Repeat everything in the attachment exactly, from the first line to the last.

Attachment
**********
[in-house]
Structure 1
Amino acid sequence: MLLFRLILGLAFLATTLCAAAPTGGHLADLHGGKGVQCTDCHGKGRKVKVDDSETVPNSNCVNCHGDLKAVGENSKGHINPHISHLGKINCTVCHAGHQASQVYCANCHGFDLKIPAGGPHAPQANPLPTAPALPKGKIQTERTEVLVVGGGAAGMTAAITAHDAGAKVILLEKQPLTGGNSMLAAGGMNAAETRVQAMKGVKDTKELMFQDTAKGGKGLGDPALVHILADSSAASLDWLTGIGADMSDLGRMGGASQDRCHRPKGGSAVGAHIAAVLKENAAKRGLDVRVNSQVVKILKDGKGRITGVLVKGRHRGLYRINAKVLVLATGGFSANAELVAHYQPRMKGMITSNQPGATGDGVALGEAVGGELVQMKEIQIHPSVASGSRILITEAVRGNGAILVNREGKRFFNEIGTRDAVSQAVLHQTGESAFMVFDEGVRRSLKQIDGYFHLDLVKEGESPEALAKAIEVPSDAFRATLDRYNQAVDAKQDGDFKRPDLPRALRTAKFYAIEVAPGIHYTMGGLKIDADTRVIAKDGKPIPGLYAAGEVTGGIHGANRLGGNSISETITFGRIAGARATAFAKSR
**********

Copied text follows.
[in-house]
Structure 1
Amino acid sequence: MLLFRLILGLAFLATTLCAAAPTGGHLADLHGGKGVQCTDCHGKGRKVKVDDSETVPNSNCVNCHGDLKAVGENSKGHINPHISHLGKINCTVCHAGHQASQVYCANCHGFDLKIPAGGPHAPQANPLPTAPALPKGKIQTERTEVLVVGGGAAGMTAAITAHDAGAKVILLEKQPLTGGNSMLAAGGMNAAETRVQAMKGVKDTKELMFQDTAKGGKGLGDPALVHILADSSAASLDWLTGIGADMSDLGRMGGASQDRCHRPKGGSAVGAHIAAVLKENAAKRGLDVRVNSQVVKILKDGKGRITGVLVKGRHRGLYRINAKVLVLATGGFSANAELVAHYQPRMKGMITSNQPGATGDGVALGEAVGGELVQMKEIQIHPSVASGSRILITEAVRGNGAILVNREGKRFFNEIGTRDAVSQAVLHQTGESAFMVFDEGVRRSLKQIDGYFHLDLVKEGESPEALAKAIEVPSDAFRATLDRYNQAVDAKQDGDFKRPDLPRALRTAKFYAIEVAPGIHYTMGGLKIDADTRVIAKDGKPIPGLYAAGEVTGGIHGANRLGGNSISETITFGRIAGARATAFAKSR